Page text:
Facts useful to anyone who wants to estimate COVID-19 mortality in New York City

I wanted to present some facts that would be useful to anyone interested in making a very rough estimate (l of the infection fatality rate of COVID-19. The main reason I’m putting this out there, to be honest, is because the figures pretty clearly contradict some of the more extreme claims about COVID-19 being much less deadly than is often imagined. I have no idea what the real infection fatality rate is, but I think we know enough from New York to say that in that city it’s unlikely to be under 0.5%, or much over 2% (unless there’s as yet unknown long-term health consequences).

  1. Between March 11 and April 27, 21000 more residents of New York City died than would normally die during this period. This is according to New York Times analysis using government agency figures. New York City has 8.4 million residents.  This gives a death toll of 0.25%, or 1 in 400 New Yorkers in a month and a half.
  2. Excess deaths could be an overestimate of the effects of COVID-19 because people might not be going to hospital due to fear of COVID-19, and thus there are more deaths from other causes. On the other hand, deaths usually fall during recessions (weird, I know), and there are likely to be fewer accidents and violent crimes, so excess deaths might be an underestimate of how many COVID-19 has killed.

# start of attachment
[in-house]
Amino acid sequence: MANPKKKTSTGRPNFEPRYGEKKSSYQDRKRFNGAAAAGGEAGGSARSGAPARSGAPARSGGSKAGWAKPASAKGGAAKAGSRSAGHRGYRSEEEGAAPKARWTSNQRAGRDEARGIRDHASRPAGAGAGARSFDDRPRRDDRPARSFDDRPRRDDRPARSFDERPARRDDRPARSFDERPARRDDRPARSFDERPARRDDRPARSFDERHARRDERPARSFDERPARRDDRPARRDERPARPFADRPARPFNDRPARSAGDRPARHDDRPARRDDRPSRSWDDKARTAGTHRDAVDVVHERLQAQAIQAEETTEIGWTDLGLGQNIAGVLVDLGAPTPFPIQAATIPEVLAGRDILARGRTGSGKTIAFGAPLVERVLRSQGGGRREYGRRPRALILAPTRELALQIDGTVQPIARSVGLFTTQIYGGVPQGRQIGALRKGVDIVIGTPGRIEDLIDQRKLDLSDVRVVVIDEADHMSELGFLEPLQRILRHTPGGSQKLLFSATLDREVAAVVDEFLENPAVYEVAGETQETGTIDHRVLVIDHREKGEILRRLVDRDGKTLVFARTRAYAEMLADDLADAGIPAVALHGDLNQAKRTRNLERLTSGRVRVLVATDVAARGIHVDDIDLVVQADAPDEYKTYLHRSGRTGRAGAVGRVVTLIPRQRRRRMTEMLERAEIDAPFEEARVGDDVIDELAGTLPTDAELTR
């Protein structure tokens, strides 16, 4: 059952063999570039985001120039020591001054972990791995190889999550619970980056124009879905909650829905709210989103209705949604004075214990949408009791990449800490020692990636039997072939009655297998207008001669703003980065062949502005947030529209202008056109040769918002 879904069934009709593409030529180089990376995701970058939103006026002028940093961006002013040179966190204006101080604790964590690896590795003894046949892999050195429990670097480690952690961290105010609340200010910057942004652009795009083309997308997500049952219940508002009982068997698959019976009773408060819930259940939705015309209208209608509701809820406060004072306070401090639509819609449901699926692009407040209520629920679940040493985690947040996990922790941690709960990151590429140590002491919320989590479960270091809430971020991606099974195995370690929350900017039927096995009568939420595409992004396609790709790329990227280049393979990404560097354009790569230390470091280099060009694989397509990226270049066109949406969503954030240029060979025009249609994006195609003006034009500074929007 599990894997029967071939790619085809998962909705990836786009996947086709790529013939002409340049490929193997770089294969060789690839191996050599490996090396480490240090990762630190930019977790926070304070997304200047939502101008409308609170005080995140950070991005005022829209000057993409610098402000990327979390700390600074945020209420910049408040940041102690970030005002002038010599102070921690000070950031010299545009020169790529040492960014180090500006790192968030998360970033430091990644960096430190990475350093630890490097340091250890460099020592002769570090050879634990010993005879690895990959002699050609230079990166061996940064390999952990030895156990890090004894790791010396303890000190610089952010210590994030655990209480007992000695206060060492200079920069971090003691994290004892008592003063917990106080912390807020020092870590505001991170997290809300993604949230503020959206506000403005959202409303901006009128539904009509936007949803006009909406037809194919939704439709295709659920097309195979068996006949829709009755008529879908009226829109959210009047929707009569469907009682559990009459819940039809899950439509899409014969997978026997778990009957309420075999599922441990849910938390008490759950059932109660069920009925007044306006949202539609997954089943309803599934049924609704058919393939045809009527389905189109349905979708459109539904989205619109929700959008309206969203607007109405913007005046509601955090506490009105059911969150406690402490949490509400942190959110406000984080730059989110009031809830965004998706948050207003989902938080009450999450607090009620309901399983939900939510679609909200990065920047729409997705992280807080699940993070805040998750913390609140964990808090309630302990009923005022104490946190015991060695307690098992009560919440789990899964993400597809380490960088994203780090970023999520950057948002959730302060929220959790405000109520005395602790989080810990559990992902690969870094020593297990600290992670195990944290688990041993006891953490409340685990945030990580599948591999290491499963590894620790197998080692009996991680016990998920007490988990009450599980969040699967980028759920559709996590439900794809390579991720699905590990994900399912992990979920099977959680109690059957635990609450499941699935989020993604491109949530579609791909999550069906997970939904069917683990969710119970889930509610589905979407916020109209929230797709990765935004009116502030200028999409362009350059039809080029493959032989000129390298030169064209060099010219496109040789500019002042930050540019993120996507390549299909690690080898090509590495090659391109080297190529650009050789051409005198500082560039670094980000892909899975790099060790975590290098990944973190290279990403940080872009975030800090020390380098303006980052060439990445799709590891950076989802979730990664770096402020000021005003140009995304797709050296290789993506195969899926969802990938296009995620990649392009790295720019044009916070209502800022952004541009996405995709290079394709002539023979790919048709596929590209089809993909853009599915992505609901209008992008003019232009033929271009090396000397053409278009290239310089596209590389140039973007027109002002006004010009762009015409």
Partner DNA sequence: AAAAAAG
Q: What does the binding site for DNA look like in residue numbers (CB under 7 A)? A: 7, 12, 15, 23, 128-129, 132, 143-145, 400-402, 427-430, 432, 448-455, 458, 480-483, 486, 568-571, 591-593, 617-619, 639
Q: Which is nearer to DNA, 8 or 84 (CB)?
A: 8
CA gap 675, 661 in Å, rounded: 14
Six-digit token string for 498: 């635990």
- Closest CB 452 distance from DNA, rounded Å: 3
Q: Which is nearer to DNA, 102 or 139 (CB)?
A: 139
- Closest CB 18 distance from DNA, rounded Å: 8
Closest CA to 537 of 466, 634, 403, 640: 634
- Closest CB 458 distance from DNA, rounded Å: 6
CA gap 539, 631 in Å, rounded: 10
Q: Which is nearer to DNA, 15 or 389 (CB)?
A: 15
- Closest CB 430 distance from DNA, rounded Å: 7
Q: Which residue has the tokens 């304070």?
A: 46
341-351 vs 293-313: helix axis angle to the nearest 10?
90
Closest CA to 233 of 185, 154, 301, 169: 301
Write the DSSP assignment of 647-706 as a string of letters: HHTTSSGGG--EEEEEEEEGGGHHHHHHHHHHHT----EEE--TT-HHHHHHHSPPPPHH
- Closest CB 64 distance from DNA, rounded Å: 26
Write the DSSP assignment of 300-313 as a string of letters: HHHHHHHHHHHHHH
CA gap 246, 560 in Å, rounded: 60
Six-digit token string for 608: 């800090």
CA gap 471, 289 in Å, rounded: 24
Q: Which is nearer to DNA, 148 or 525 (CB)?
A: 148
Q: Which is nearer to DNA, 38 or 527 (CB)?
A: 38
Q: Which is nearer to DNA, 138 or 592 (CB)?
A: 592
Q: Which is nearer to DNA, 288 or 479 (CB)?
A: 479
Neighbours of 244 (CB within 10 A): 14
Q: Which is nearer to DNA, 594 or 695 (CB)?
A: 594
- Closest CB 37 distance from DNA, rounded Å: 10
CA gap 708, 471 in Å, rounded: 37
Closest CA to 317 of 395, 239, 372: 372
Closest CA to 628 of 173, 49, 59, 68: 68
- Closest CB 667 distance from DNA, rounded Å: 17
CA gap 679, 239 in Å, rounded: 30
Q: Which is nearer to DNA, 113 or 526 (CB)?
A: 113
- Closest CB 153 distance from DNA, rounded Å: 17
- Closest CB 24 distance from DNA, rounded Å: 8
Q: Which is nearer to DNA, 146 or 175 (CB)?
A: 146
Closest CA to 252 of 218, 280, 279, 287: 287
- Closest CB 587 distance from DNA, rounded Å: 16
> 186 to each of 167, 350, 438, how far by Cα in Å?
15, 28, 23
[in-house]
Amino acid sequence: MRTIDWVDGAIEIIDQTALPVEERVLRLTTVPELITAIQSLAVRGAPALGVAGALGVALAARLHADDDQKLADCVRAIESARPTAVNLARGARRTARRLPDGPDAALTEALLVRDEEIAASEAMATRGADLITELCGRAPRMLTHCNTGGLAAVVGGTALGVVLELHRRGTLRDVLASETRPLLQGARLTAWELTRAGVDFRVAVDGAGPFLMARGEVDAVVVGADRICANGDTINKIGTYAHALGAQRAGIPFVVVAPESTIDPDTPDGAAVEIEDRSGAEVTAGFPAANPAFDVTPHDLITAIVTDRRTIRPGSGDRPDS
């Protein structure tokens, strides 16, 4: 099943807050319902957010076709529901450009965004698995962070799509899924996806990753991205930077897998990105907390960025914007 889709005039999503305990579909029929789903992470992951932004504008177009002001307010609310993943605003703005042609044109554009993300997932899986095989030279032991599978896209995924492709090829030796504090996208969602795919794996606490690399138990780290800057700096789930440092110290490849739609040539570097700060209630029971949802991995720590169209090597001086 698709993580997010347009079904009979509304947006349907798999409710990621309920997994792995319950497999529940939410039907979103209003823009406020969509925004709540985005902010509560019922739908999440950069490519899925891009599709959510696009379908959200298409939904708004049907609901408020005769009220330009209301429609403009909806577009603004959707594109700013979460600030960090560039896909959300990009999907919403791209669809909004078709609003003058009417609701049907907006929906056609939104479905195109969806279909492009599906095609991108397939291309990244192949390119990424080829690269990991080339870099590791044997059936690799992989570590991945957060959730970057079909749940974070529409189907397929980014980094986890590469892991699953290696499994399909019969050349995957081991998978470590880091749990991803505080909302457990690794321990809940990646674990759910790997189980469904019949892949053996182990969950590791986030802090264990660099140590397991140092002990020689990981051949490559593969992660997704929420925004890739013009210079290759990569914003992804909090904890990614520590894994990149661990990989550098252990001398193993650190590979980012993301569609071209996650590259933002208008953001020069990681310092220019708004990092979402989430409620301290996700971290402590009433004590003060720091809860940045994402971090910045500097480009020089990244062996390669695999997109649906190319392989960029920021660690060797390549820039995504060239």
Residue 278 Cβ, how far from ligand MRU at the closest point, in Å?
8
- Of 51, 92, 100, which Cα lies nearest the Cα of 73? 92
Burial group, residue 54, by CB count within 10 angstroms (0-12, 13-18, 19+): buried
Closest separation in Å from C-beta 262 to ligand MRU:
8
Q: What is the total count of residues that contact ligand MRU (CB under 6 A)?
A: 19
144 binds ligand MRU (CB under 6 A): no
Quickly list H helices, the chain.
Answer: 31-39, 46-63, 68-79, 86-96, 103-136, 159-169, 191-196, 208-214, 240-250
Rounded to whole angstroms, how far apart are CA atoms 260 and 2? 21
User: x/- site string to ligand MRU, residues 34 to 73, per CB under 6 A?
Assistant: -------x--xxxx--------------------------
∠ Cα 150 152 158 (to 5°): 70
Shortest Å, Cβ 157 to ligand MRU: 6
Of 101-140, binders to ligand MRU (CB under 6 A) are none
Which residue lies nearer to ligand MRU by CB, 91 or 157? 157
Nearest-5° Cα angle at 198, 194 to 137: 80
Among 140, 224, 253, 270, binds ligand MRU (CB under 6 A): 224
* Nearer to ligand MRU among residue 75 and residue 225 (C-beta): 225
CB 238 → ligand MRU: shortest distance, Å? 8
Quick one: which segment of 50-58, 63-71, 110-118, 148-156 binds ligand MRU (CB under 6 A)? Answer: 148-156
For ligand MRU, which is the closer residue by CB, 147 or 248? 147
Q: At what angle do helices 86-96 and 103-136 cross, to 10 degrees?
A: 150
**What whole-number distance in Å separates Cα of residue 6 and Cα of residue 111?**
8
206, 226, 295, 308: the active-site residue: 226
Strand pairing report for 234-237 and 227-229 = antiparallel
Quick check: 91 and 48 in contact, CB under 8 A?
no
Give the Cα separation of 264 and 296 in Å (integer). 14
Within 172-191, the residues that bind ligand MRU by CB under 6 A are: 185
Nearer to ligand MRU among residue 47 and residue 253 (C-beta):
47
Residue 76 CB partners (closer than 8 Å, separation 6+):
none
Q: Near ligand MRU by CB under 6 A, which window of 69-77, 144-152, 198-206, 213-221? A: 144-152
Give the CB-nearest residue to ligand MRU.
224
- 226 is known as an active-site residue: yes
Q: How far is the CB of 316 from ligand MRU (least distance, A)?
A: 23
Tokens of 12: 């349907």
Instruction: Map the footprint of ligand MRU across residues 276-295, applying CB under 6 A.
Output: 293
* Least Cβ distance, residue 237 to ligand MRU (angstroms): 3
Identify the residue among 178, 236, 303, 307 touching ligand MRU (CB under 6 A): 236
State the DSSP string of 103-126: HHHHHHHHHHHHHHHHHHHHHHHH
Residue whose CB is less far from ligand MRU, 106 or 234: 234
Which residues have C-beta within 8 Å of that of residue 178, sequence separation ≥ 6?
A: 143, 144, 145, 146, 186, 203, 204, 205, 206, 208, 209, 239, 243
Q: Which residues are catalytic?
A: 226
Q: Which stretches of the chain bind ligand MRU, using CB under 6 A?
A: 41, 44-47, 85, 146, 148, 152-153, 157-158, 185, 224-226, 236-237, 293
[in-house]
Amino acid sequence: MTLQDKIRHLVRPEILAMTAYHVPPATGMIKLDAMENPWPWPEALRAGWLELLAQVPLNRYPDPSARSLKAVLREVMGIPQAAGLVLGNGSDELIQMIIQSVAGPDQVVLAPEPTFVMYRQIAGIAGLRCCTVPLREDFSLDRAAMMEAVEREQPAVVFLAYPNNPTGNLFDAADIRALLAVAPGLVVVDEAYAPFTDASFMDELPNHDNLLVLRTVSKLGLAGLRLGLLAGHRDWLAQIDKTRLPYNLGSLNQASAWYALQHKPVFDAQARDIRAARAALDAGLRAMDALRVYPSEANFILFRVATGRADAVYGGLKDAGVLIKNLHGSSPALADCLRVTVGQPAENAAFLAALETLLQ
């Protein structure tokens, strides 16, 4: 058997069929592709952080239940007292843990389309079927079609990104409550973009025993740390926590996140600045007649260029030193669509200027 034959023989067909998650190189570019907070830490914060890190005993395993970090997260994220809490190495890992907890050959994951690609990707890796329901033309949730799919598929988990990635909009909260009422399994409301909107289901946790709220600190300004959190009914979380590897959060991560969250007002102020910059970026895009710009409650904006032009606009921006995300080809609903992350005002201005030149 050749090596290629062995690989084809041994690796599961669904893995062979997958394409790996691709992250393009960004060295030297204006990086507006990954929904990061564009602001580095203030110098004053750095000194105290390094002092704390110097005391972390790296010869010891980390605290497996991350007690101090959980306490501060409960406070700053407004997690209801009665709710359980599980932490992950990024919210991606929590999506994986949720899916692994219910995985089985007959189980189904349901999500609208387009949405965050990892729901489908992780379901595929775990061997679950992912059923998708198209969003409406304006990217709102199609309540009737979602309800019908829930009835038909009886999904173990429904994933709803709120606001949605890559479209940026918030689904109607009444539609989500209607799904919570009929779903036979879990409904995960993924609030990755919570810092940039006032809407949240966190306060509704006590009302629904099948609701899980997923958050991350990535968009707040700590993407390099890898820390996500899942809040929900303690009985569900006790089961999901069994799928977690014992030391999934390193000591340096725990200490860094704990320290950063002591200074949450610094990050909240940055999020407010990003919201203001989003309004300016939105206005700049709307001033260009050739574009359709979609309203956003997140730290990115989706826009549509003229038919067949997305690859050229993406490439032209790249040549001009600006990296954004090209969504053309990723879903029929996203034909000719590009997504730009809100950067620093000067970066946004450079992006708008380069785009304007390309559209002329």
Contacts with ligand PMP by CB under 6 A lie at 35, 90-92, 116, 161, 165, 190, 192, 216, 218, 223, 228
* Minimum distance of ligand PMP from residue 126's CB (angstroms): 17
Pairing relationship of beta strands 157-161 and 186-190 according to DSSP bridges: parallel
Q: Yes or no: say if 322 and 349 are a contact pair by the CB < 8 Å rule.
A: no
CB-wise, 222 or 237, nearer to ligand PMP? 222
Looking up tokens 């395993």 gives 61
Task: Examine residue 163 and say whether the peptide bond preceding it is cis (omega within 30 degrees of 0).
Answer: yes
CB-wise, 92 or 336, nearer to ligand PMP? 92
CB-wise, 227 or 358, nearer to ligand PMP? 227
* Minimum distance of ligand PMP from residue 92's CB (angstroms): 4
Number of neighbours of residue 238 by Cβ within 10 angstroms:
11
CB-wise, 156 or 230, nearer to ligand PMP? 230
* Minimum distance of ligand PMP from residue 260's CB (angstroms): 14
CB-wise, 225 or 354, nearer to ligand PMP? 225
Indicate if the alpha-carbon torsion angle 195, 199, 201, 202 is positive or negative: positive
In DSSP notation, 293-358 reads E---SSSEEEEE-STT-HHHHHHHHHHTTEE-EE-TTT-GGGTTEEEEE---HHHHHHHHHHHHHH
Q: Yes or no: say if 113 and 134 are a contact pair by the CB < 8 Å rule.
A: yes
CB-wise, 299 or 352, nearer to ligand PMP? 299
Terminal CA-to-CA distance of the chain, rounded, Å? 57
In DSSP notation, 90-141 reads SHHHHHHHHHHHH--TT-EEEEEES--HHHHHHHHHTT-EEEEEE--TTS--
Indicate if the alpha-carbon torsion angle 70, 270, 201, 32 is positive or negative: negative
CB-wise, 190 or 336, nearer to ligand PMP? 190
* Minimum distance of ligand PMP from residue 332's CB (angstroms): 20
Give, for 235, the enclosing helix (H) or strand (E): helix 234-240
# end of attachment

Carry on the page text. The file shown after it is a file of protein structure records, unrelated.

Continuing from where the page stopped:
3. A recent antibody study found 25% of New Yorkers had COVID-19 antibodies. The exact time needed to develop antibodies isn’t known, but 3-4 weeks has been suggested as an average. The population tested was out shopping and thus possibly more likely to have the disease. The false-positive & negative rate of the test isn’t known with precision.
  4. According to this paper: https://www.thelancet.com/journals/laninf/article/PIIS1473-3099(20)30257-7/fulltext it takes an average of 18 days to die of COVID-19, from the onset of symptoms. Naturally, the time to die after the infection is even longer. Mean time to onset of symptoms is often given as 5 days. Adding these together suggest a mean time to death of 23 days, or about three and a half weeks.

Having presented the facts, let me venture my own estimate. This is extremely tentative, and mostly is just meant to illustrate how we could use these facts to estimate fatality. Let us gamble that excess death is an approximately accurate measure of the number killed by COVID-19. It seems to me that 21,000/(25% of 8.4 million)= 1% is a good estimate of the rough ballpark of fatality in New York because:

A) On the one hand, the 25% infected rate is probably an underestimate, because it takes 3 1/2 weeks to develop antibodies.

B) On the other hand, the death rate is an underestimate of the proportion currently infected who will die, because it takes 3 1/2 weeks to die.

We can regard those figures as cancelling out- people infected 2 weeks ago probably won’t show up on the antibody test, but even if they are going to die, they probably won’t have died yet. Thus people affected less than 3 1/2 weeks ago are unlikely to affect either the numerator or denominator.

EDIT: Note that antibody testing started on the 20th, a bit earlier than the 25th, when death statistics go up to, so slightly reduce the denominator

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